The A12 is typically safe on heads with bind issues.

  3. Troy Beck

    Is the cut diameter the same for all 180cc big bore kits? I have a universal parts 63mm big bore. I’m about to have it machined to fit my jug. Just want to make sure I tell the machine shop the correct diameter.

    • Buggy Depot

      Yes it’s the same across the board, although some BBK manufacturers deviate from the usual spec. It’s a good idea to take the cylinder to the shop. They’ll be able to make sure it fits before releasing the case halves from the fixture.

  4. douglas parsley

    What is the valve clearance on a 63 mm bore kit intake and exhaust with a 2.5 stroker and what is a good cam for this set up

    • Buggy Depot

      With a 2.5mm stroker crank, you’ll get negative deck clearance. The piston will impact the head. There are some different ways around this, but the most reliable is a properly machined piston, available here:

      • douglas parsley

        Thank you i did install a spacer but i believe the piston is hitting the head would you have a 63 mm piston in stock. Im going to take the head off to see. What would be a good cam for this set up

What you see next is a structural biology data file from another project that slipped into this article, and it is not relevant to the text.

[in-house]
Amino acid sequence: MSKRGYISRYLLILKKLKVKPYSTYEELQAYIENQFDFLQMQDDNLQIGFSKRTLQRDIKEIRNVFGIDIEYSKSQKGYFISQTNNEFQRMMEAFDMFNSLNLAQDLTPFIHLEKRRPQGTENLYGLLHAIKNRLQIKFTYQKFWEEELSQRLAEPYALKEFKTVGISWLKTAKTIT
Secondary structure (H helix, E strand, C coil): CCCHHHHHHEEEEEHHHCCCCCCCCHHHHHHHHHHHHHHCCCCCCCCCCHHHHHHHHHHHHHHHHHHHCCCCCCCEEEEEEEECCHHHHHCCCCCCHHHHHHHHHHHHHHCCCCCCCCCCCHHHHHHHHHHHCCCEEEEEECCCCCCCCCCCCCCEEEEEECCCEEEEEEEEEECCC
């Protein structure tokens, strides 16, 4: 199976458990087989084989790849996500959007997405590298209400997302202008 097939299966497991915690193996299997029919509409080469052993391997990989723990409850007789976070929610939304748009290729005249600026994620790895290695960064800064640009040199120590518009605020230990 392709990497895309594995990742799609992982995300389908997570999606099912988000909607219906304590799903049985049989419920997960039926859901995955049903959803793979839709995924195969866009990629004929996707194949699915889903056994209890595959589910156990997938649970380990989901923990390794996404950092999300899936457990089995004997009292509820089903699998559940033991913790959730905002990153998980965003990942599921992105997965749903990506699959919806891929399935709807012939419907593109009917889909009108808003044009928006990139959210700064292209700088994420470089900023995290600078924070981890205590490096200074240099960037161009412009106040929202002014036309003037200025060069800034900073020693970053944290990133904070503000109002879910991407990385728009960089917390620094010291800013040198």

• Buggy Depot

          We don’t offer 63mm due to reliability issues with the thinner cylinder walls. I highly recommend downsizing to 62mm. The S220/S300 pistons have been tested for use with the A12 and A15 camshafts.

  5. Douglas parsley

    I bored the case to 63 mm if I use a 62 from you will that work in my engine case

    • Buggy Depot

      Yes, it will work. The outer diameter is the same from 62mm to 63mm (wall thickness/inner diameter is the difference). As long as you bored the case to the specs in the article above, the 62mm will fit.

  6. Douglas parsley

    Last question and I do thank you when I order this 62 mm kit with the piston used for my hoca 2.5 mm stroker do I need a spacer or will the super piston take care of that

    • Buggy Depot

      No spacer is needed. The S-series piston takes care of that hassle. Installation is the same from an assembly perspective as if you weren’t using a stroker; goes together without any tweaking or re-working. You’ll want the S300 version (not 220) for your 2.5mm stroker crank.

  7. Mathew

    I have a buggy carter brother 150cc gy6 talon gx i just bought a 61mm big bore kit ive heard u dont have to machine case on some gy6 motors is this true

    • Travis @ Buggy Depot

      The “No machining required” 61mm kits exist, but I highly recommend against them and I refuse to sell them at BD. The cylinder wall is far too thin for long term reliability. I’ve seen and personally experienced sleeve fractures at full speed with thin wall kits.

      Although some places offer shortcuts, going big bore something that you want to do the right way.

  8. Dreon

    If i just do the 63mm piston kit will that be ok leaving everything else stock

    • Travis @ Buggy Depot

      Yes. However, I strongly recommend 62mm or less. The cylinder wall of the 63mm is too thin (results in drastically reduced longevity) without expert-level experience tuning and adjusting riding habits.